You Want to Grow WHAT in a Saltwater Aquarium?! - Macro Algae Reef Tank Build Ep:1
While it is often the brilliantly colored coral or captivating saltwater fish that draw us into keeping a marine tank, there really is a variety of different and unique biotopes or "types" of tanks you can create. These biotopes are aquariums built with the specific purpose of keeping a particular species or type of flora or fauna inside of them. This could be a seahorse tank, an NPS coral tank, an aggressive fish tank with Lionfish or Groupers, and believe it or not, even algae. Yes, you heard it right, some folks grow algae on purpose, Macroalgae to be specific.
This is the very first episode of a NEW tank build series in which our host, Remy, is going to walk us through a complete setup of a macroalgae-dominated reef aquarium. These macroalgae tanks can be incredibly simple but also quite captivating, allowing you to keep some interesting creatures and learn about a lesser-known side of saltwater aquariums. Let's explore some of the reasons why you might consider a macroalgae tank for your next salty project!
What Is A Macroalgae Display?
Macroalgae is a little different than that pesky green or brown stuff that coats the walls of your tank or blankets the rocks and ruins your day. As defined by biologists, Macroalgae is a collective term that refers to larger benthic (attached to the bottom) marine algae species; colloquially called seaweed. Sharing much of the same characteristics as plants, it is easy to see them as saltwater plants and, in fact, a macroalgae tank ends up strikingly similar to an untamed freshwater planted aquarium.
While most hobbyists think of macroalgae as a tool for a refugium and nutrient export, we are not talking about chambers hidden away down inside your sump or tank stand. Instead, we are going to explore macroalgae dominant aquariums where different species of macroalgae are mixed together to create something beautiful, worthy of display. Often called "display refugiums" or macro tanks" by hobbyists.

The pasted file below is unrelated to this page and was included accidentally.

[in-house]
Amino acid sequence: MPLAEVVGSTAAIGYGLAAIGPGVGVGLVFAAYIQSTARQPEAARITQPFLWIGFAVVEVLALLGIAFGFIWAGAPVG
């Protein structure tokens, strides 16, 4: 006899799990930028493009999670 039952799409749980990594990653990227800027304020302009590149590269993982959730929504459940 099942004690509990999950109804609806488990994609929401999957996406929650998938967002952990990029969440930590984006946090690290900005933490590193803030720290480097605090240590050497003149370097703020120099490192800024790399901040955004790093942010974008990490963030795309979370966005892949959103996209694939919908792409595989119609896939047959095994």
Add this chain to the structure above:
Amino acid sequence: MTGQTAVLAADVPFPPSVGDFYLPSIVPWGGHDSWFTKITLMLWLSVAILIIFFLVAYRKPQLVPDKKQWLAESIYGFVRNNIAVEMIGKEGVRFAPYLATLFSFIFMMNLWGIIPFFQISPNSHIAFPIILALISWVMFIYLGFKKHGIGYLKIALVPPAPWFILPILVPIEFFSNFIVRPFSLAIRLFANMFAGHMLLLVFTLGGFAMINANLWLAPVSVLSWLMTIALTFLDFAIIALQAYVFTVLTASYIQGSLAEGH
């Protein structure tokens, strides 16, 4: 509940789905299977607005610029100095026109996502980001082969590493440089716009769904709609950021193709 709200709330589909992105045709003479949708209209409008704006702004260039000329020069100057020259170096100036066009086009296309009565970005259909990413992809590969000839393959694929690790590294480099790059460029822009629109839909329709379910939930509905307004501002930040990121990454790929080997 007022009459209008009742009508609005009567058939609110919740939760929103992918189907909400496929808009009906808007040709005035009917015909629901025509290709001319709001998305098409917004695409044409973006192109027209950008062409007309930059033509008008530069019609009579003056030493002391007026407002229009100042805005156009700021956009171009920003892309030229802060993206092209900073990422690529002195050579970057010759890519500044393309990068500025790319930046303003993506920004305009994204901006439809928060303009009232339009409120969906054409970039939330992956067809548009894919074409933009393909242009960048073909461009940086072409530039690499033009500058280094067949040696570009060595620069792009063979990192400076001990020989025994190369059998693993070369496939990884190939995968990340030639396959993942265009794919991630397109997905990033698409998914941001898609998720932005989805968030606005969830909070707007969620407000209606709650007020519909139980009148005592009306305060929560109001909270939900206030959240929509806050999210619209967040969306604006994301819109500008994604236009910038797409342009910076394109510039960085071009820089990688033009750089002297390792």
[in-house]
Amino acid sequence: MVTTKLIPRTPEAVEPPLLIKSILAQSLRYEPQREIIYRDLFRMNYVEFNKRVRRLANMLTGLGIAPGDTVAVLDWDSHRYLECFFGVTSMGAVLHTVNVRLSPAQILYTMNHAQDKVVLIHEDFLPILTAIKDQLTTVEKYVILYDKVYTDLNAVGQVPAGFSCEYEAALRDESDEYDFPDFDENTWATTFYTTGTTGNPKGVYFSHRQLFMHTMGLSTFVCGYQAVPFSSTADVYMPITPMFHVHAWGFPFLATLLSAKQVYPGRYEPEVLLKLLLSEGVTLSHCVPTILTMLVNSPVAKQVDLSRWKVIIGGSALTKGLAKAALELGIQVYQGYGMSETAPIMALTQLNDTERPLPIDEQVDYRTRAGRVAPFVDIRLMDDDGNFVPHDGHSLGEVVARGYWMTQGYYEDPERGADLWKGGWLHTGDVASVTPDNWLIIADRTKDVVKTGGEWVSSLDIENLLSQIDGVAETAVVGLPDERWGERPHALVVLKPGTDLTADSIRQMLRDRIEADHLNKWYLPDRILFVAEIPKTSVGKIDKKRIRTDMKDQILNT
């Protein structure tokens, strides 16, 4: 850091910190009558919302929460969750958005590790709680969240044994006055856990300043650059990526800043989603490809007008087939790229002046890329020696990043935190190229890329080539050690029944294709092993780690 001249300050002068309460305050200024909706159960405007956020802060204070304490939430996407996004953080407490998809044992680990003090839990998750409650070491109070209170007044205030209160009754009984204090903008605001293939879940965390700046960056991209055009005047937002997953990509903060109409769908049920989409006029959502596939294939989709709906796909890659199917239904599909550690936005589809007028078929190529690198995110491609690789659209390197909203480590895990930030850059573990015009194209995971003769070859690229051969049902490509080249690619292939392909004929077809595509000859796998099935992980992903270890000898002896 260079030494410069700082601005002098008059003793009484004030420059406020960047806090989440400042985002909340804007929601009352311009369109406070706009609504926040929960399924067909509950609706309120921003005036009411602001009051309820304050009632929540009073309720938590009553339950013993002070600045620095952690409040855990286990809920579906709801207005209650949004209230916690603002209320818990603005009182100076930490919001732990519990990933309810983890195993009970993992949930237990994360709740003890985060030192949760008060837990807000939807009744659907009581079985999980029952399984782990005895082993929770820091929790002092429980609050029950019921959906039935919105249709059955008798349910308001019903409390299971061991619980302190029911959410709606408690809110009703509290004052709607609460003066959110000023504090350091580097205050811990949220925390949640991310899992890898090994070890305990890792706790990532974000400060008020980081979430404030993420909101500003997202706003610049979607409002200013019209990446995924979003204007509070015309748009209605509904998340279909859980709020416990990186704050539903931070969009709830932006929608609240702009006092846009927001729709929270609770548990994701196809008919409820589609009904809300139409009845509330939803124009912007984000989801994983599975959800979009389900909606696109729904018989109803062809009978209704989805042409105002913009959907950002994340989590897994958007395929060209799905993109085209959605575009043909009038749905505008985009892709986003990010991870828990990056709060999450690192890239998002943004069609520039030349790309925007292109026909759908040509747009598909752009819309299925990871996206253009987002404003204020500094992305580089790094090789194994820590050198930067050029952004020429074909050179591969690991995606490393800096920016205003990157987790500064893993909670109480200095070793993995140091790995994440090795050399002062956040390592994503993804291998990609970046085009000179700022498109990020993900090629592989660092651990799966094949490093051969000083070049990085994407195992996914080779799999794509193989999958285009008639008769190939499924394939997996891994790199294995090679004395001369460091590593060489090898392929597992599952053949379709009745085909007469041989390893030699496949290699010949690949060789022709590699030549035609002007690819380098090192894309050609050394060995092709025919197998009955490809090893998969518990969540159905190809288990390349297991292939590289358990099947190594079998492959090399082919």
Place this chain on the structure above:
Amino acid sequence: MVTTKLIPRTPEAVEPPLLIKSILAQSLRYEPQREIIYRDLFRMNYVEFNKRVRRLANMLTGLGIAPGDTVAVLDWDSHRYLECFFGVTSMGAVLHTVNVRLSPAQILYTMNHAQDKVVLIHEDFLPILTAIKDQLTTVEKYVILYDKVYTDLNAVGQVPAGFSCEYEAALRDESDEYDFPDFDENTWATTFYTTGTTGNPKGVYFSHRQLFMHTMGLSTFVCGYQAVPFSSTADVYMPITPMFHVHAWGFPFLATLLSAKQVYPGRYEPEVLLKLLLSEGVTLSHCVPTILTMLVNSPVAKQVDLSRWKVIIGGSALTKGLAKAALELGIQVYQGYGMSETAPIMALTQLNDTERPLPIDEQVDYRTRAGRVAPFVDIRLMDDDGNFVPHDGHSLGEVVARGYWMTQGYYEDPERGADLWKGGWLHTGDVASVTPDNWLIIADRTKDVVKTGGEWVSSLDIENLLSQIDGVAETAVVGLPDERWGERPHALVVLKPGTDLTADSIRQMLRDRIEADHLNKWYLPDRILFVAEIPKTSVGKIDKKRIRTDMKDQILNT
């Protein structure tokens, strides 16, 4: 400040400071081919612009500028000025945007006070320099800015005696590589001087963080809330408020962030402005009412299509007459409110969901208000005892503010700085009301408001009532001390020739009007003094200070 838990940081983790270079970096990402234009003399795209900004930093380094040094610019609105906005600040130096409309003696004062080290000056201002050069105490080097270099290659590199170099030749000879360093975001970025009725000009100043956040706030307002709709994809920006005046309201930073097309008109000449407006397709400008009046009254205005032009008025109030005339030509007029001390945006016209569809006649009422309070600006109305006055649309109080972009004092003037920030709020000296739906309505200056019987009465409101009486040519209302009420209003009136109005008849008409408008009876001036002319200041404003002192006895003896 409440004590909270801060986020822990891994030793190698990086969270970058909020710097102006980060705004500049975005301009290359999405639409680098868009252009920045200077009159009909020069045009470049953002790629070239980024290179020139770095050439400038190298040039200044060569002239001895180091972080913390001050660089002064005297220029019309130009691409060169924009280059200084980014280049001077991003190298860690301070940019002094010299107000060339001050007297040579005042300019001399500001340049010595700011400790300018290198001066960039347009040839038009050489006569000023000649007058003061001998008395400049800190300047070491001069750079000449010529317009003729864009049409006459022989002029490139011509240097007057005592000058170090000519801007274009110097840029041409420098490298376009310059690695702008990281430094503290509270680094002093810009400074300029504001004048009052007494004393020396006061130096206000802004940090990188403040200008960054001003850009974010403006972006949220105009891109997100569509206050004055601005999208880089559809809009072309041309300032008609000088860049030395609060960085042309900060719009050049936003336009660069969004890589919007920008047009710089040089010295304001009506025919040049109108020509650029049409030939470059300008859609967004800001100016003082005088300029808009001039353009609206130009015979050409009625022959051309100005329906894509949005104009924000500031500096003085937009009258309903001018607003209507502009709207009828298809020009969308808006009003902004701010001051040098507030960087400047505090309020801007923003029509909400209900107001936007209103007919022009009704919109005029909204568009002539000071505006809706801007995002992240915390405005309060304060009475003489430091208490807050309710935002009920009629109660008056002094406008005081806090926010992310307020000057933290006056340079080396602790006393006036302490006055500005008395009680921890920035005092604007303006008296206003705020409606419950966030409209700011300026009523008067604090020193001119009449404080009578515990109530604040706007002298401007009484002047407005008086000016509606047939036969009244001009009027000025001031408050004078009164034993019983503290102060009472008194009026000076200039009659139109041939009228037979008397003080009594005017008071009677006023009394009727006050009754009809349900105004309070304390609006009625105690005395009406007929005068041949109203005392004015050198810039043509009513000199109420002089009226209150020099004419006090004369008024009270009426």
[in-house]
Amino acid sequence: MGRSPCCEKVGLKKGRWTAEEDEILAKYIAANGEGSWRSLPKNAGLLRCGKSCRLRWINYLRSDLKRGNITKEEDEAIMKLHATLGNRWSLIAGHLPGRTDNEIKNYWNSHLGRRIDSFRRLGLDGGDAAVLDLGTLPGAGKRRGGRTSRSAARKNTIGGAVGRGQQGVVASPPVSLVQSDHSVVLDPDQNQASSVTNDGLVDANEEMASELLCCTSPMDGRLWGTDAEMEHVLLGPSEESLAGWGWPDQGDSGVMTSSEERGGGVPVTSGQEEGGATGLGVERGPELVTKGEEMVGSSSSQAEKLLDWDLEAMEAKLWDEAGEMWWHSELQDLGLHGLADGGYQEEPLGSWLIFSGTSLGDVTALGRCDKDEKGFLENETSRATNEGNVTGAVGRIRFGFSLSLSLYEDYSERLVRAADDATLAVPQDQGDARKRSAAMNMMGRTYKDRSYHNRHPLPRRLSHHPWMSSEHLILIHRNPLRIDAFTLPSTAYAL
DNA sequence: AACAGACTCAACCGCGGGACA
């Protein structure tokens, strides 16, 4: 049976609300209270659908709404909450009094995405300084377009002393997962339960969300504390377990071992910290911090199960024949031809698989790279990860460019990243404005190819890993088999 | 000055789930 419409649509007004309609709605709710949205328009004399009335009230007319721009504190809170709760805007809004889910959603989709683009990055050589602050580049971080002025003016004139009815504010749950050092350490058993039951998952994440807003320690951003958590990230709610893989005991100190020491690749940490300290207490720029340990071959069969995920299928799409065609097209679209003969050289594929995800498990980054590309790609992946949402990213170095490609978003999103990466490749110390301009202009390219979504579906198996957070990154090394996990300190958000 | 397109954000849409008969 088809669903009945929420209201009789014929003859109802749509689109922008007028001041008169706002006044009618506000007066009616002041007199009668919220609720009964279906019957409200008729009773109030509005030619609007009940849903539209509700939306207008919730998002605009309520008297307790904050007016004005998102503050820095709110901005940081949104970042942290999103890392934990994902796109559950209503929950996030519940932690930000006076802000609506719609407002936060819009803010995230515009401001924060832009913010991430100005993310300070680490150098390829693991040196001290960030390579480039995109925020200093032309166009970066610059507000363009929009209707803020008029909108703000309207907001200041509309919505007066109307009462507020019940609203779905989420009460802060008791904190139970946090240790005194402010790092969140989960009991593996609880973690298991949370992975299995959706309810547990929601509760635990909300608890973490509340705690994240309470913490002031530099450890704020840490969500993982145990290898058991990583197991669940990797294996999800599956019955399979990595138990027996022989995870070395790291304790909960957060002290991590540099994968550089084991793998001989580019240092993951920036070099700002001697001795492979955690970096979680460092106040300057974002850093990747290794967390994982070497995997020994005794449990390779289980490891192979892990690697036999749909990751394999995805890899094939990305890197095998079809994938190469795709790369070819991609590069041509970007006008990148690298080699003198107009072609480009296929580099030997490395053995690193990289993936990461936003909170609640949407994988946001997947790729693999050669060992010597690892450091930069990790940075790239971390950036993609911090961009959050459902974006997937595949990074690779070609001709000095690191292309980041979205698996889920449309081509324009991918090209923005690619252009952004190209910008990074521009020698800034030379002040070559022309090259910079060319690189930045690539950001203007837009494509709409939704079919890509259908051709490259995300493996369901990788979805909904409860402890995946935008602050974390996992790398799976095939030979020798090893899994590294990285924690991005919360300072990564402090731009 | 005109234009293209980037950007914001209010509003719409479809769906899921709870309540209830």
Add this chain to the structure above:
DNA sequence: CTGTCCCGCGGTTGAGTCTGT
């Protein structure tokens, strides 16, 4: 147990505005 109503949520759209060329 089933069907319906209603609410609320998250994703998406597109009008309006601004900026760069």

Just like plants and coral, macroalgae looks cool and creates a natural scene you could easily encounter in the wild. It comes in a variety of colors with many shades of green, deep red, and purple. There is an even wider variety of shapes, sizes, and textures. Some macros are tall and some are fat, some are curly but grow real flat. Some are fuzzy and grow in a mat! What do you think of that, Cat in the Hat?
Ok, Dr. Suess references and unnecessary rhyming aside, macroalgae is super easy to work with in terms of scaping or planting in your tank. It also grows relatively fast (compared to coral) and it can quickly fill in an entire scape with a spectrum of color and shapes in only a fraction of the time it might take your mixed reef tank.
Macroalgae can grow into a very dynamic and natural-looking aquascape that rivals even the best of reef tanks.
When it comes to creatures, macroalgae tanks can house some of the oddballs or lesser kept fish and invertebrates. They provide a great environment for all kinds of unique crustaceans, small fish, and even seahorses; many of the animals that pose a challenge in your classic reef tank for a variety of reasons.
- PomPom and other crabs
- Purple or Flaming Reef Lobster
- Mantis Shrimp
- Seahorses & Pipefish
- Sea Anemone and Anemone Shrimp
- Goby and Pistol Shrimp
- Clams, Sponges, or Sea Squirts
- Feather Dusters
- Octopus or Cuttlefish
- Sea Stars
The options really are expansive and limiting yourself to focusing on macroalgae combined with a specific/unique creature is a fun way to engage with the tank. Of course, we always recommend substantial research before diving into a new pet to be sure you are ready, but macroalgae itself is really not all that demanding and provides the perfect playground for something new and challenging.
Being that most macroalgae are fairly hardy and easy to maintain, a tank dedicated to macros can be really affordable. There is no minimum tank size and the algae itself filters the water, just like a refugium. Algae is photosynthetic and removes nutrients from the water as it grows. That means proper lighting is important but you can use very rudimentary filtration and flow techniques without much investment. Many of you just might have everything you need to set up a macroalgae tank sitting in your garage or storage closet from tanks past.